What is a big deal, however, is that you can't opt out of this information use.  It's mandatory, and that sucks.  Not because my color schemes is a moral dilemma, but the fact that users have no choice in how the information is used sure is.  While I can understand the benefit of selling the merged accounts, in the end users should be able to maintain their privacy, if they are willing to deal with the inconvenience.

I do understand the logic that says Google has the right to run their services however they wish.  After all, we don't pay for them, so we don't have a lot of say in how the business is run.  However, like paying customers, we directly control their future success.  If Google can take our info, tell us it's just the law, and flourish... well, we've voted in our own way to accept it.

I will begrudgingly accept it, but the first cloud service to dare break the mold and honor its customers requests will come through this like a wrecking ball.  I can't wait.

Timmy's Tentative Tenure

Treasury Secretary Tim Geithner says that he doesn't believe President Obama will ask him to serve again in a second term.

“He’s not going to ask me to stay on, I’m pretty confident,” Geithner said in an interview with Bloomberg Television yesterday in Charlotte, North Carolina. “I’m confident he’ll be president. But I’m also confident he’s going to have the privilege of having another secretary of the Treasury.”

Geithner, 50, has led President Barack Obama’s efforts to pull the U.S. economy out of the worst recession since World War II, including overseeing bailouts of automakers General Motors Co. (GM) and Chrysler Group LLC, which have since emerged from bankruptcy. Before joining the administration in 2009, Geithner was president of the Federal Reserve Bank of New York, playing a key role in the government’s rescue packages for banks such as Citigroup Inc. (C) and Bank of America Corp. (BAC)
In the interview, Geithner said he would do “something else” after leaving the Treasury Department, without specifying what that would be. In August, an administration official said Geithner would stay in his job at least through this year’s presidential election.

Erskine Bowles, chief of staff under President Bill Clinton, and Democratic Senator Kent Conrad of North Dakota could be among the potential candidates to succeed Geithner, said Mark Calabria, director of financial regulation studies at the Cato Institute in Washington. 

I have to say I'd rather have Geithner over anyone the Cato Institute would mention.   Both of those meatballs would be as bad as Larry Summers on deficits and cutting the safety net.  If Geithner is replaced, he needs to be succeeded by someone who actually got the last 3 years plus right financially and economically, but that's just my opinion.

The Odious Primary

Back home, I see my good friend The Odious Patrick McHenry has drawn a particularly mean primary challenger in Ken Fortenberry, who's wasting no time in attacking McHenry ahead of May's primary in NC-10 over ethics and his whole "lapdog to the banks" act.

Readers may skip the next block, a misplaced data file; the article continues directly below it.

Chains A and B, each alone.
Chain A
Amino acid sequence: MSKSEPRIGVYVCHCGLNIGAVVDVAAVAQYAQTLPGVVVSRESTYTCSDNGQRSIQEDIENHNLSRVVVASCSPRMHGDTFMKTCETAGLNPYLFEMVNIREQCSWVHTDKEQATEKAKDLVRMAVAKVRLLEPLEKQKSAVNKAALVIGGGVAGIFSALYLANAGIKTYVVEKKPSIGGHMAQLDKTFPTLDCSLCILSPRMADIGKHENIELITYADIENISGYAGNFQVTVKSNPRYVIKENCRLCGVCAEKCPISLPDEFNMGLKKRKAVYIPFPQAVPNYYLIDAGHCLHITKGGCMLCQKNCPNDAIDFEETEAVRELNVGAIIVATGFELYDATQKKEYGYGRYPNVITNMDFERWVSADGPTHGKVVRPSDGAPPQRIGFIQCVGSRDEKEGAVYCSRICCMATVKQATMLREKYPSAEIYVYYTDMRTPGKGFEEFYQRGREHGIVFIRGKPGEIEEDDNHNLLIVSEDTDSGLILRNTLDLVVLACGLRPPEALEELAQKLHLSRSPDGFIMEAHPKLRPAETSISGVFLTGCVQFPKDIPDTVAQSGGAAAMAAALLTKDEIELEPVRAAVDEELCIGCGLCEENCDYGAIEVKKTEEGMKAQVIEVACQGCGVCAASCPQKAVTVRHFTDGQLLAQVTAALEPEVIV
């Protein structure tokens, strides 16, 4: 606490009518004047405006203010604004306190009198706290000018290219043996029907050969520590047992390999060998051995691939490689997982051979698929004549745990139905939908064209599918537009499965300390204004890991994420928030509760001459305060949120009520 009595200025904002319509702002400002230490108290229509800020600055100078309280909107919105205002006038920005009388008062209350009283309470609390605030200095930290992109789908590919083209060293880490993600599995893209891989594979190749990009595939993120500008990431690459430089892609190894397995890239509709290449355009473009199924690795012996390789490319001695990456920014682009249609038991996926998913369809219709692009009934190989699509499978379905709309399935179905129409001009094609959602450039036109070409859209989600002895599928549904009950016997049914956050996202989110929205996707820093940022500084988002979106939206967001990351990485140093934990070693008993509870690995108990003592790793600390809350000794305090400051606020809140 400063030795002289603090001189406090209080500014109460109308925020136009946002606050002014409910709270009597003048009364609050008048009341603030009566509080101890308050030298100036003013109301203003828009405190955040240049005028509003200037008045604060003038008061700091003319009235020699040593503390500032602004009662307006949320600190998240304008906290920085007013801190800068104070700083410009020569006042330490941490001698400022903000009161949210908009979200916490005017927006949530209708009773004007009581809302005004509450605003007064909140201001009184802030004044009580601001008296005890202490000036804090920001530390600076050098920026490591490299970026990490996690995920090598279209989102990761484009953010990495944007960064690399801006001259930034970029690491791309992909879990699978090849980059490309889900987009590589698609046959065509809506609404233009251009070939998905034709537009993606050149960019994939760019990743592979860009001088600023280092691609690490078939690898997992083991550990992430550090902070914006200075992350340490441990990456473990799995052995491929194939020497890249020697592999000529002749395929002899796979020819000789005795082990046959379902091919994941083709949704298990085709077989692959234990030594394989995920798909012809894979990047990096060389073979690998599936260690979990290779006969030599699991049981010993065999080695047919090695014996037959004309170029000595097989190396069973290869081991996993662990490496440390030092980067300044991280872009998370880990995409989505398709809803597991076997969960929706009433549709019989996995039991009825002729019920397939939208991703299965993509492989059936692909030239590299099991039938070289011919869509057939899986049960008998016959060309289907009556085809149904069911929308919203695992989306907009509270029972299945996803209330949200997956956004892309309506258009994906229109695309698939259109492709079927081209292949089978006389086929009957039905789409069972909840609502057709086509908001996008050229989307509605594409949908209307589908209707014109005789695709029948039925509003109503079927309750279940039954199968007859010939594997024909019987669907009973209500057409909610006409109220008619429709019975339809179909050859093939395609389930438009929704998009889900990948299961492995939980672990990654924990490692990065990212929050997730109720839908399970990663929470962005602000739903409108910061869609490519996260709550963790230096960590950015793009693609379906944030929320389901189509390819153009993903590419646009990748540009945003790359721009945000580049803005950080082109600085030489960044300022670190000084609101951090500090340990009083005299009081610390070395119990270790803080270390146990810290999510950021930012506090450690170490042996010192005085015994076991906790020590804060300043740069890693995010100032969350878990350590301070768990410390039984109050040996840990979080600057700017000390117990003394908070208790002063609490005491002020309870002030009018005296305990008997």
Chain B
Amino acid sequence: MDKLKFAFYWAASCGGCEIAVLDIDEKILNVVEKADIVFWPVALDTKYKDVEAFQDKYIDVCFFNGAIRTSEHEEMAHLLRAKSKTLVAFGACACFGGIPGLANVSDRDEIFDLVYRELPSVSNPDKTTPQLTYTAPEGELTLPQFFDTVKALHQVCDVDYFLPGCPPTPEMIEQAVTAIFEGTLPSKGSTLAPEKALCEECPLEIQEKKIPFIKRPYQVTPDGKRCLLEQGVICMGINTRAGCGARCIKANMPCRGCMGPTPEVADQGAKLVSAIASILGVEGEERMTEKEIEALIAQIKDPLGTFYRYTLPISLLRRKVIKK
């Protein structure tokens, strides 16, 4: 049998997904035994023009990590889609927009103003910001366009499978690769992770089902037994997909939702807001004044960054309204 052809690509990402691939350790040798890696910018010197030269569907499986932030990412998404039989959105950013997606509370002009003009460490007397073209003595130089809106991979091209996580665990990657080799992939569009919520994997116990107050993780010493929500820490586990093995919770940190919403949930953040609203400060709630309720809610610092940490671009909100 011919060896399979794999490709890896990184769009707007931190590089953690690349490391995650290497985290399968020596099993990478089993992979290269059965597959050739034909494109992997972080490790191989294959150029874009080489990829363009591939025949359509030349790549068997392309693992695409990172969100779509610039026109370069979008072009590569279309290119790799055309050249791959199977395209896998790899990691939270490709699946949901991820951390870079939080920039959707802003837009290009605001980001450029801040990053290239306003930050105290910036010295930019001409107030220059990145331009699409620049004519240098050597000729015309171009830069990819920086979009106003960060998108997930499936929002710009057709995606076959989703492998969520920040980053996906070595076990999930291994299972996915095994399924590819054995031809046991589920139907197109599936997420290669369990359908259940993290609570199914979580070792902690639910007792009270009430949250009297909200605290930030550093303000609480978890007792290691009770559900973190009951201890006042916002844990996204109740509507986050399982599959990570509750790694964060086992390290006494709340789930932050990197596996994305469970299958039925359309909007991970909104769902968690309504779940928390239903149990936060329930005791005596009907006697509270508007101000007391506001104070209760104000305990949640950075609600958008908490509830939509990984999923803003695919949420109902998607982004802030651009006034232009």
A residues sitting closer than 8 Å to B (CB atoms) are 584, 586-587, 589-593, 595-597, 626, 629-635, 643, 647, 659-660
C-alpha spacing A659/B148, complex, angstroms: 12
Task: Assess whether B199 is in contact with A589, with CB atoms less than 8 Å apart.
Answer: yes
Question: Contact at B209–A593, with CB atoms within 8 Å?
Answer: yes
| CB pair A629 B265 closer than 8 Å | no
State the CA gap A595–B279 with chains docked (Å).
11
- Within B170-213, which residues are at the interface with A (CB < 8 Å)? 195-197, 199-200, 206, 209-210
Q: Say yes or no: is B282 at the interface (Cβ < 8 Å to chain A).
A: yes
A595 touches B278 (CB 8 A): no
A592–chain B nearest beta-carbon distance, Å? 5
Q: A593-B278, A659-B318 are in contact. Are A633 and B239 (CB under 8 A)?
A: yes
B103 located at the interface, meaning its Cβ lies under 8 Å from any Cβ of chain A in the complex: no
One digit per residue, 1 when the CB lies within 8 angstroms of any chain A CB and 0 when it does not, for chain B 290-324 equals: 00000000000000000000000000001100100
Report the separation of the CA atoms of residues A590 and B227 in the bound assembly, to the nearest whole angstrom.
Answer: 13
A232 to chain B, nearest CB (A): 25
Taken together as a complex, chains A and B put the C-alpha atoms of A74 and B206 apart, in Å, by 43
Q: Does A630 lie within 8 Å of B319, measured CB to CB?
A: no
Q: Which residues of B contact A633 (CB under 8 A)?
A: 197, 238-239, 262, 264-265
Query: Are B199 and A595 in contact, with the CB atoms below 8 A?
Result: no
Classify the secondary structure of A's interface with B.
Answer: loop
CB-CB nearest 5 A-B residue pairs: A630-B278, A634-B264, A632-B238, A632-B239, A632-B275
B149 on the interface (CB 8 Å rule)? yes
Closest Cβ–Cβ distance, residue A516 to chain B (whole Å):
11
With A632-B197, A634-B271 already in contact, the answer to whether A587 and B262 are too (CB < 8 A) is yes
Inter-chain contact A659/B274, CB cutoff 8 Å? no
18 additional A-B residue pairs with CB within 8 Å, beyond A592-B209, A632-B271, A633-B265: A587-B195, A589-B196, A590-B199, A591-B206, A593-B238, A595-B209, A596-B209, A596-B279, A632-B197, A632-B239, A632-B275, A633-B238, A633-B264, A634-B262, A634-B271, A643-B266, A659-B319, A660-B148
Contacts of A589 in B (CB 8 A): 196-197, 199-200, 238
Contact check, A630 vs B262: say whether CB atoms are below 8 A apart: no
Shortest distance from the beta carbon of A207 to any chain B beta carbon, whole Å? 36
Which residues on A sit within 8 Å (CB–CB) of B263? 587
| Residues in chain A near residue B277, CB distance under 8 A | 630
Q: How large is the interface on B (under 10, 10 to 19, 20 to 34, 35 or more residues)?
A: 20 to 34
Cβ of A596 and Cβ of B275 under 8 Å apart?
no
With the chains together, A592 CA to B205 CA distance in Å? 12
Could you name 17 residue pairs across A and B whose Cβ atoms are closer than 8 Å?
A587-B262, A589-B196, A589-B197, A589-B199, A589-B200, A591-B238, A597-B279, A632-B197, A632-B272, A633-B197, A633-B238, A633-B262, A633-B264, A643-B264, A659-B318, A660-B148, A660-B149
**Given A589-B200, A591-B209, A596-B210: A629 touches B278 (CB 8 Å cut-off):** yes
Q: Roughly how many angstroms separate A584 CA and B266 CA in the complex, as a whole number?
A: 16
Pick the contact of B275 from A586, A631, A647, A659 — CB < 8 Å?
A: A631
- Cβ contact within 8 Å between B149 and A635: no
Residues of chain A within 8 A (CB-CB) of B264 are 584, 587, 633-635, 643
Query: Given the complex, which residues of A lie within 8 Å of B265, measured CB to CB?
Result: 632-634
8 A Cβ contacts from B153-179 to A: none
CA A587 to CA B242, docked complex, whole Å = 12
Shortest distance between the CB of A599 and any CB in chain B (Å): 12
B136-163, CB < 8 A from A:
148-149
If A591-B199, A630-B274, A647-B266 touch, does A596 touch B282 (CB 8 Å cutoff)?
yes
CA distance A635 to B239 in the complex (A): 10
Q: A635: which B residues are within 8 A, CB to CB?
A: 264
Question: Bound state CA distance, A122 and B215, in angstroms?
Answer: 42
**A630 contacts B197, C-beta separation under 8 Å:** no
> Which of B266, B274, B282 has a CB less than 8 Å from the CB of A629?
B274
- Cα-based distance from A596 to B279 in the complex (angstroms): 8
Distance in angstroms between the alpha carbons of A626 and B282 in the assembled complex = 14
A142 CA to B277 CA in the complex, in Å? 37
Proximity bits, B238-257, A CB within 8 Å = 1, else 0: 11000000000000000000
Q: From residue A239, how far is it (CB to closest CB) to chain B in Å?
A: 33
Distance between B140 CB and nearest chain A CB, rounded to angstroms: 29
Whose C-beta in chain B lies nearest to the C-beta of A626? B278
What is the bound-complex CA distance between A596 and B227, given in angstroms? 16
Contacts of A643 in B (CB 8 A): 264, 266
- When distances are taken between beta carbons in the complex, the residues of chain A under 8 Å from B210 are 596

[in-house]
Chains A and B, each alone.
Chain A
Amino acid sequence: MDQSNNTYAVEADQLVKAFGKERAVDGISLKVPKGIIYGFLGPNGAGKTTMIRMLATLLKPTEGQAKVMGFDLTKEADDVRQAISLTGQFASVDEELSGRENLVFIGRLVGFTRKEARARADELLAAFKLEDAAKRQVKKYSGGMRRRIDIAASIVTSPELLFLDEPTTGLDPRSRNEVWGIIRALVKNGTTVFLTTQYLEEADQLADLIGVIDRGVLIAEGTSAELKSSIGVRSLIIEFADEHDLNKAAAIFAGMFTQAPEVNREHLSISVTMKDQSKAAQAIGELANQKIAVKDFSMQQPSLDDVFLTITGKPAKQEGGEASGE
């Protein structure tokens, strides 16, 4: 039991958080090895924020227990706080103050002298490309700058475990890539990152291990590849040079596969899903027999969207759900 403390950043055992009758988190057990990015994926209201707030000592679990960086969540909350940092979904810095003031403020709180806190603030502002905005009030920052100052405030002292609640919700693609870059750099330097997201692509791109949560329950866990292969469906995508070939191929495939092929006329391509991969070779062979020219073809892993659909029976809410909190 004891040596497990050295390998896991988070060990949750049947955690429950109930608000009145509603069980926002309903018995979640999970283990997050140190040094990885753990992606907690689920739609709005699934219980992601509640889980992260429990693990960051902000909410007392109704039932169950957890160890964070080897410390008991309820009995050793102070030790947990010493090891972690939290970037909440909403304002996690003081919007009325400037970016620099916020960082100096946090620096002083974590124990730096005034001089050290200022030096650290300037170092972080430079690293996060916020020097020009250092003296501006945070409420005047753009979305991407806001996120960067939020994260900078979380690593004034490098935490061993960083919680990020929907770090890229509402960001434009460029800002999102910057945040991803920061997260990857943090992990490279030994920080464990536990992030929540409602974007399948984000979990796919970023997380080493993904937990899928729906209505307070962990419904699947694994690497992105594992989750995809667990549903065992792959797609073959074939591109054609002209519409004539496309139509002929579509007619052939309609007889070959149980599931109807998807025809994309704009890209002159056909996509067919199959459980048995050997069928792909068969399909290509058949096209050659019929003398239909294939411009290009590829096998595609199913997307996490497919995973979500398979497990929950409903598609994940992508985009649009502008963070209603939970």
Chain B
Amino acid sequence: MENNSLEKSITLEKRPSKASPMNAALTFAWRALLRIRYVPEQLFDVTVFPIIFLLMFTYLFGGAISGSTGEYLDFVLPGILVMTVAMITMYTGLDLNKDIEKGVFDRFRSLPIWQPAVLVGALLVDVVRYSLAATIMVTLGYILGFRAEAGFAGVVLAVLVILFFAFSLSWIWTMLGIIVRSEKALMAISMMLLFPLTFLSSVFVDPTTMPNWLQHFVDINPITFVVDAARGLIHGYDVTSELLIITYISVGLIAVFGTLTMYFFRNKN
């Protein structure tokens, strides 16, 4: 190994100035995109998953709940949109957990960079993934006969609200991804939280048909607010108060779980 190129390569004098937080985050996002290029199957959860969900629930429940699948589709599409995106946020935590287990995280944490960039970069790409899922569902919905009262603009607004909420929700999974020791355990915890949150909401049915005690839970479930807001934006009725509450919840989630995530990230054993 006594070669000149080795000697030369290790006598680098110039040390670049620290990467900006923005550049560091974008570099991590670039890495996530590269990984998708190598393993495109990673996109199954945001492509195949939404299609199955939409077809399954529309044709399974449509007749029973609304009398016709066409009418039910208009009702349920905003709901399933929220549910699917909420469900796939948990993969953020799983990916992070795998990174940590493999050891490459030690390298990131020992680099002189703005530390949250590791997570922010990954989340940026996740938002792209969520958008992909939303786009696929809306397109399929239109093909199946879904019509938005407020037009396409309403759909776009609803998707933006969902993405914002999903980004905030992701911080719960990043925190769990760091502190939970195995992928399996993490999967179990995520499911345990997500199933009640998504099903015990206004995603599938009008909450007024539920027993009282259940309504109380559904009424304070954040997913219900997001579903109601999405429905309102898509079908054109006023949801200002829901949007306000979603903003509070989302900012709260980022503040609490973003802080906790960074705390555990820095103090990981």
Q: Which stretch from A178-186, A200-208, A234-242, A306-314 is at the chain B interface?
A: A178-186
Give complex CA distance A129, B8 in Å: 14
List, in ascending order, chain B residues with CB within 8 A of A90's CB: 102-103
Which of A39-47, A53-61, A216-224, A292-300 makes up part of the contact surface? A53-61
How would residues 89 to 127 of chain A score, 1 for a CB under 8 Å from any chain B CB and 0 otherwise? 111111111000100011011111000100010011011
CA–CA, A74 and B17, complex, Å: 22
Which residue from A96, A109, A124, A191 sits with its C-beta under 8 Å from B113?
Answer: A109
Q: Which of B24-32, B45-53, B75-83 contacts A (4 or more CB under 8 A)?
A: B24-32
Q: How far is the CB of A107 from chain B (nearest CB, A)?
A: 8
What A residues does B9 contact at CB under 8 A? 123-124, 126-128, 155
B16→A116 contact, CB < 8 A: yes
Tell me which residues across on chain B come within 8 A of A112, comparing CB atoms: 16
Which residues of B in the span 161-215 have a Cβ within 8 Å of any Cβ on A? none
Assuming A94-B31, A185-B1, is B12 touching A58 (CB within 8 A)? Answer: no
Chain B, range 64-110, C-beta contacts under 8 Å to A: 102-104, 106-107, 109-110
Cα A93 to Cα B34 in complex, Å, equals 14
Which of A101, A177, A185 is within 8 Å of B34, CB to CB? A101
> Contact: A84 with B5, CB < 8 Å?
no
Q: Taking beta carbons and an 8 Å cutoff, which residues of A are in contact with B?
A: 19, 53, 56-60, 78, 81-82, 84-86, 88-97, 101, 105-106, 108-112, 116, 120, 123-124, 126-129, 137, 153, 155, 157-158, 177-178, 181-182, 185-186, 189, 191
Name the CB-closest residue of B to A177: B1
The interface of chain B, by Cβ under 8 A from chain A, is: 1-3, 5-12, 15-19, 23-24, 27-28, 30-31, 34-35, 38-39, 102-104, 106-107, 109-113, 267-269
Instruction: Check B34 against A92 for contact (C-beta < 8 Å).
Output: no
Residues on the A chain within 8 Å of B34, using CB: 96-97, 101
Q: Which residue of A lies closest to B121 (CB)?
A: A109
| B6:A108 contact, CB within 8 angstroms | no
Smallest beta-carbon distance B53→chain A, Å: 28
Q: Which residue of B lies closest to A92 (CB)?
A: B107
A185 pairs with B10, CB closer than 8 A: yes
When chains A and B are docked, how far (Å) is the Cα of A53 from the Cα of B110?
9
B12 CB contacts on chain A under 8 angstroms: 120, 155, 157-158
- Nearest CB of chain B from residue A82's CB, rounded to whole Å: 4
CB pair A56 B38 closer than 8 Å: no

“When I asked Rep. Patrick McHenry last week why he would not co-sponsor the STOCK Act, a bill that would prohibit insider stock trading by members of Congress, he replied that the legislation was the creation of  ‘liberal Democrats’ and not worthy of his support,” Fortenberry said.

“Restoring the public’s trust in government has never been a priority for McHenry, who turns everything into a petty partisan battle,” he added. “This is one of the reasons Washington is broken and not working for the people, and why we need to clean House on Election Day.”

“Members of Congress should play by the same rules as all Americans,” Fortenberry asserted. “McHenry is dead-wrong in putting his friends above the people he is supposed to represent.”

When asked for comment on these allegations, Ryan Minto, who handles press for the congressman’s office, offered a statement from McHenry to the Times-News on Tuesday.

“While I personally don’t trade stocks, I understand the concern over this issue,” McHenry said. “The STOCK Act does not address holes in the existing insider-trading law, which may allow lawmakers to improperly enrich themselves. It would not, for example, address the troubling practice of access to exclusive IPOs by high-ranking members.

“Members of Congress should have to report all of their stock trades publicly in every instance — period,” McHenry added. “Increased disclosure will add transparency to help enforce the current insider-trading law, and anyone guilty of committing a crime should be prosecuted.”
In his release, Fortenberry additionally stated that ethics and honesty in government should not be viewed as a partisan issue.

Furthermore, he also said he would introduce legislation, if elected, that would prohibit members of Congress and Cabinet-level officials from lobbying for four years after they leave their positions, in addition to requiring them to fully disclose all of their personal finances during that time period.

“It’s bad enough that Mr. McHenry ignores the shenanigans of the big banks and securities firms, but it’s made even worse when he turns a blind eye to the corruption among his colleagues,” Fortenberry concluded.

It's damn impressive to see with as many bank employees in the Charlotte suburbs of NC-10 that the Republican is attacking McHenry on being too friendly with banks and stocks.   It's entirely true, of course.  But it's interesting seeing the Republican challenger pull a Ron Paul and go after McHenry on this angle in arguably one of the reddest districts in the country.

We'll see how it turns out.